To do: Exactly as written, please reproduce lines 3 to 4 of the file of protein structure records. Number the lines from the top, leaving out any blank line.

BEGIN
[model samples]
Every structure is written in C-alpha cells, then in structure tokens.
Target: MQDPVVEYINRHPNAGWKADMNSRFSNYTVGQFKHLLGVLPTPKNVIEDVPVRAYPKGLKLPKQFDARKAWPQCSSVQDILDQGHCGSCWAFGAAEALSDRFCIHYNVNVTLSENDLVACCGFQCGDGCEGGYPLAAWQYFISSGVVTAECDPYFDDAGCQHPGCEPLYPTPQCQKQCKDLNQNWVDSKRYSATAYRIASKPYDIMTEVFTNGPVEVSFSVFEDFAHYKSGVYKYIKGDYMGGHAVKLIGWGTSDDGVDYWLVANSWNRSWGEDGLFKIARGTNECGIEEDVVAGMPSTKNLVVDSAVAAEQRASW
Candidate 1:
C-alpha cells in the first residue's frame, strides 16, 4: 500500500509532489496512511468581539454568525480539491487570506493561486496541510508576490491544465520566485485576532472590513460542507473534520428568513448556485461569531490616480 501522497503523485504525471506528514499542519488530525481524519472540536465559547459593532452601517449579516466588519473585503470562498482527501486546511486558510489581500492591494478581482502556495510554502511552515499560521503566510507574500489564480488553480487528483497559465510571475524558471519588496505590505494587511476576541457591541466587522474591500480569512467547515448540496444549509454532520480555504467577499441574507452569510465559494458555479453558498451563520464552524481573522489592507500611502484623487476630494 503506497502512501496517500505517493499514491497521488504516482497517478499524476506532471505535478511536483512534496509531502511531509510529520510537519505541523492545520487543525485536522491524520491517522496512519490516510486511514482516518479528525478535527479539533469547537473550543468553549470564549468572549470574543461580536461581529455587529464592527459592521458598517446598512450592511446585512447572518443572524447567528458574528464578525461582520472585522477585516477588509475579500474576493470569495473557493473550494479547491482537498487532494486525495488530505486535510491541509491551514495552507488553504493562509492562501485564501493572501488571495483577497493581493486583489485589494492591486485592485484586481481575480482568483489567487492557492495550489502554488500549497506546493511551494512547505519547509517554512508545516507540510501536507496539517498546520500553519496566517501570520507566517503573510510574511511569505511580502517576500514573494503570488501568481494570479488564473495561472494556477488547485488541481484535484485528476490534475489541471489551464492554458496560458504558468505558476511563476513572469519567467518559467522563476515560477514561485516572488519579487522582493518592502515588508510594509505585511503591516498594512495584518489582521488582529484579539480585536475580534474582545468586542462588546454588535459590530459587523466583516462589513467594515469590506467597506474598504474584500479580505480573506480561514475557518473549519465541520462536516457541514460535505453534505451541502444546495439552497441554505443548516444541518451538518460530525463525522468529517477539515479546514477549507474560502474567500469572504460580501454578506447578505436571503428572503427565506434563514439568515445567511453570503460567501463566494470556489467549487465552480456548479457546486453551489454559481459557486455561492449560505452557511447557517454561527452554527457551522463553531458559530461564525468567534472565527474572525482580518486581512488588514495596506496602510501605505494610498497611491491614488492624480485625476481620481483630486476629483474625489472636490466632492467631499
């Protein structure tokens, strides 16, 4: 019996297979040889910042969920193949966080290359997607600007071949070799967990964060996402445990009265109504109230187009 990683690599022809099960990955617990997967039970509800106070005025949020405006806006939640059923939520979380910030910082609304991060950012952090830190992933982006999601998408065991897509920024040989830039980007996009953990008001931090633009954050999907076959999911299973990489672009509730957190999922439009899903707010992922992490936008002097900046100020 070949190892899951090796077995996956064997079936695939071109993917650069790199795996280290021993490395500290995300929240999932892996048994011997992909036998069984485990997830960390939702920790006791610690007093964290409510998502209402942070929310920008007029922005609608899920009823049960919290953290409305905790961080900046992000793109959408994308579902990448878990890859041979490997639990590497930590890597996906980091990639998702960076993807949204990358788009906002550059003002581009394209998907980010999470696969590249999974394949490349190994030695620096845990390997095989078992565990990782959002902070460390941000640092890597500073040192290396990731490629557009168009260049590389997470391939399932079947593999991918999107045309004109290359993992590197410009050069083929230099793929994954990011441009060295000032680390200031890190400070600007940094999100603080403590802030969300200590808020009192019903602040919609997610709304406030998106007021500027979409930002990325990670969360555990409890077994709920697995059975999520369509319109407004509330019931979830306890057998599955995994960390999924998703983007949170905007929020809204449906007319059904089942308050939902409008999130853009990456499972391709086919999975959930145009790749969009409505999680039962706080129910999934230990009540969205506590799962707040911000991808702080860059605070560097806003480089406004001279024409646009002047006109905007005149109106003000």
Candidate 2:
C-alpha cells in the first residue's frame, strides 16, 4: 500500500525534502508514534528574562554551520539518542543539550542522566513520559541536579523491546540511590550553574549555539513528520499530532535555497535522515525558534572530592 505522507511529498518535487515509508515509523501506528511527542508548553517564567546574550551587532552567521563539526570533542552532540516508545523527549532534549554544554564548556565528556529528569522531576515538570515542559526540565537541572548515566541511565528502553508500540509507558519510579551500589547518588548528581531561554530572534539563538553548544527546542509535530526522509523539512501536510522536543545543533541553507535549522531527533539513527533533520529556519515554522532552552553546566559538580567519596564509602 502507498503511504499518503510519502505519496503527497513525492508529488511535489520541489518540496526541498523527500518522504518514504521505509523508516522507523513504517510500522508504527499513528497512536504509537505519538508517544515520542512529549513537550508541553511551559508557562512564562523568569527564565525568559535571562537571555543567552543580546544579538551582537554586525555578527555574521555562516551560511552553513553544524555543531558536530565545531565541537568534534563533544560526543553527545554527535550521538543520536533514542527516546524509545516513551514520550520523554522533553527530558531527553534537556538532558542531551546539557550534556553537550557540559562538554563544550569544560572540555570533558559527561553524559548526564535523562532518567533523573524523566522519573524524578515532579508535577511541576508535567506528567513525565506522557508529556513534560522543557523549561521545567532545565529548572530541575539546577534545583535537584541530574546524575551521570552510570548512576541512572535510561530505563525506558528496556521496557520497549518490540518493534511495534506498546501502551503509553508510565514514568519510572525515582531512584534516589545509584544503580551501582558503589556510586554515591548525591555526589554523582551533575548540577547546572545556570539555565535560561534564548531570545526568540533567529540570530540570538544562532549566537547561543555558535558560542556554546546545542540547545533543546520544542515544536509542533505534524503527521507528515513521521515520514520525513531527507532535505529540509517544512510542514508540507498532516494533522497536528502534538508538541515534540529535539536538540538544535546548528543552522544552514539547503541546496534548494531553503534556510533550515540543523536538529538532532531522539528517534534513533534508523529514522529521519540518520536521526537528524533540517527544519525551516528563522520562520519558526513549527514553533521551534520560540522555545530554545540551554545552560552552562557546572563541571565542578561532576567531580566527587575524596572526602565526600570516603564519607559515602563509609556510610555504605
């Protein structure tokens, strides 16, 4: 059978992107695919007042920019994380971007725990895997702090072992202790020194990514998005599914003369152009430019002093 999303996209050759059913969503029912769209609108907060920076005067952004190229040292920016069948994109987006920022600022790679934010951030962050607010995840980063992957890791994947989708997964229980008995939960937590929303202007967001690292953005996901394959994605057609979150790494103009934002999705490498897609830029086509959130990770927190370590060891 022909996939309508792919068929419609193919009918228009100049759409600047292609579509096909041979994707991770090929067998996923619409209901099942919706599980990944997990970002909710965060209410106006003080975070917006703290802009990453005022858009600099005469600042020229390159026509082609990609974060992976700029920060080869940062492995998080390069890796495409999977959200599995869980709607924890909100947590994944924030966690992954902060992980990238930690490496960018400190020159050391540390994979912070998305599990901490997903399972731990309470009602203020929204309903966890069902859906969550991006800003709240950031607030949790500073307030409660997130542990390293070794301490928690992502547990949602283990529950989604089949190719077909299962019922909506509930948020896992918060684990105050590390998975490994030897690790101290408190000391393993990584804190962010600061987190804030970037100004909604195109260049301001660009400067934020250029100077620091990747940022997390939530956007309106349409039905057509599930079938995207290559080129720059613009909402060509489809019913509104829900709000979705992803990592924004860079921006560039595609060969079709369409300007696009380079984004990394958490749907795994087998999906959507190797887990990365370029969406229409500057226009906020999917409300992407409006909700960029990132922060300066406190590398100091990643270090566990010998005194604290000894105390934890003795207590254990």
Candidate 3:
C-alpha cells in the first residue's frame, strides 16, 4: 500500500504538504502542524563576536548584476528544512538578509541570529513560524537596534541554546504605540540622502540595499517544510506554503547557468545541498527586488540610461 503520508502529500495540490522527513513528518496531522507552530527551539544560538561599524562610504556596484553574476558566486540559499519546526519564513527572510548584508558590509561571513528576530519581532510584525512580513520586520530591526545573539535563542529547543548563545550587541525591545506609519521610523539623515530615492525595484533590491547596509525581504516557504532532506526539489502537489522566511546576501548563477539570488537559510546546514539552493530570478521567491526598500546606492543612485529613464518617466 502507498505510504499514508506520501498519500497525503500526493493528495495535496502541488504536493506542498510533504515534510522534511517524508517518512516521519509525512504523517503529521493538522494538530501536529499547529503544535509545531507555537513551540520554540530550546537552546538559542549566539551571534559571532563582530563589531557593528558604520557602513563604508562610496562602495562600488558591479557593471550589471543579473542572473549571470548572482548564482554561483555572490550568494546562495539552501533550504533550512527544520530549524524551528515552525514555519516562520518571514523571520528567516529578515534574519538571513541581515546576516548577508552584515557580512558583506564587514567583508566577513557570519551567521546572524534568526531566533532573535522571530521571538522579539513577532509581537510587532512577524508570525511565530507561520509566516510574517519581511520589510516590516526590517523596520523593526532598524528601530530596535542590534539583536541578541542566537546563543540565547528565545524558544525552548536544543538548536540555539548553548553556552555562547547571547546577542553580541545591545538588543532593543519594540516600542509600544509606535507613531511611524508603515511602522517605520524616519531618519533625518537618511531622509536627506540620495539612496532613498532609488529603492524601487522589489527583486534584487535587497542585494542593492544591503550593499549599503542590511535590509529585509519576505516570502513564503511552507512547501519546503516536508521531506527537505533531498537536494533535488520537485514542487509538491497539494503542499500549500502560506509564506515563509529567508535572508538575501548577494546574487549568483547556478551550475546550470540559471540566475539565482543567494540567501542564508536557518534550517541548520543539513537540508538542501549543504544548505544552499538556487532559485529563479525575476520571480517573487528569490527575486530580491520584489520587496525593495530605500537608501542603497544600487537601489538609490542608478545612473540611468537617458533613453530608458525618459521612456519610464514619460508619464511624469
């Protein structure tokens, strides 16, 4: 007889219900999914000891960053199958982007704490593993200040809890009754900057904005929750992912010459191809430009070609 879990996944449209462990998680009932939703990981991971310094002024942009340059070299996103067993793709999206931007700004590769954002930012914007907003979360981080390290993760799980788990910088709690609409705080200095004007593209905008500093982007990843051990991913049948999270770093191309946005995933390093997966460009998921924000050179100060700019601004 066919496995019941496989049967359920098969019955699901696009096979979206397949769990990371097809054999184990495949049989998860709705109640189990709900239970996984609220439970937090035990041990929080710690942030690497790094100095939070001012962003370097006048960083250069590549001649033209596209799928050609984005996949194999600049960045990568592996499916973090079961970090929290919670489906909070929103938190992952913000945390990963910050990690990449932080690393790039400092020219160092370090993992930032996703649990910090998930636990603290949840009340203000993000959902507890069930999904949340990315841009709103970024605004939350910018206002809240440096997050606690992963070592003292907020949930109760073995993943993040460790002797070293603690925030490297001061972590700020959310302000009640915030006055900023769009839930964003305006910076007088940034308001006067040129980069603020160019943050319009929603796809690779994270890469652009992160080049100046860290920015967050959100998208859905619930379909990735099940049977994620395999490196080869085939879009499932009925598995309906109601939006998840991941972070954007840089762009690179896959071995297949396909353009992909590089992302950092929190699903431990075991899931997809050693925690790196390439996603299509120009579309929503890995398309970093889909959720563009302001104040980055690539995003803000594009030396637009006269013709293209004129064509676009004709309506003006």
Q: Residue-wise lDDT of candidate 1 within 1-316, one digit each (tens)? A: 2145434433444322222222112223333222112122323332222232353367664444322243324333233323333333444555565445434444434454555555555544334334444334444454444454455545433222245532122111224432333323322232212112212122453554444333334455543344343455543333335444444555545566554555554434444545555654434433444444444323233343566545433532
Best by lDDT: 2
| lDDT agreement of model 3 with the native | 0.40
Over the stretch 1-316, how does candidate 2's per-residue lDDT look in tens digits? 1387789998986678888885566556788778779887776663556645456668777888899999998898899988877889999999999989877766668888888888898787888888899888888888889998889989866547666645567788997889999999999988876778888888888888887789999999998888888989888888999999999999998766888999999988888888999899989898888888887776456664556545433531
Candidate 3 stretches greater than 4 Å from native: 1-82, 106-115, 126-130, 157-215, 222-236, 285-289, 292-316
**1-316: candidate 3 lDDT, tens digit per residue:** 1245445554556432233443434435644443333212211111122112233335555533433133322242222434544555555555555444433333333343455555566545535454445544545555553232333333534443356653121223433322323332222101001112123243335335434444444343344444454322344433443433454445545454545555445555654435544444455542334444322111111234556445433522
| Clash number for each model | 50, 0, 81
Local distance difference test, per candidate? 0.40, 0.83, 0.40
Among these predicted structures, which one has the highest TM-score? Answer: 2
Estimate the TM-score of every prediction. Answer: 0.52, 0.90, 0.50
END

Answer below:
Target: MQDPVVEYINRHPNAGWKADMNSRFSNYTVGQFKHLLGVLPTPKNVIEDVPVRAYPKGLKLPKQFDARKAWPQCSSVQDILDQGHCGSCWAFGAAEALSDRFCIHYNVNVTLSENDLVACCGFQCGDGCEGGYPLAAWQYFISSGVVTAECDPYFDDAGCQHPGCEPLYPTPQCQKQCKDLNQNWVDSKRYSATAYRIASKPYDIMTEVFTNGPVEVSFSVFEDFAHYKSGVYKYIKGDYMGGHAVKLIGWGTSDDGVDYWLVANSWNRSWGEDGLFKIARGTNECGIEEDVVAGMPSTKNLVVDSAVAAEQRASW
Candidate 1: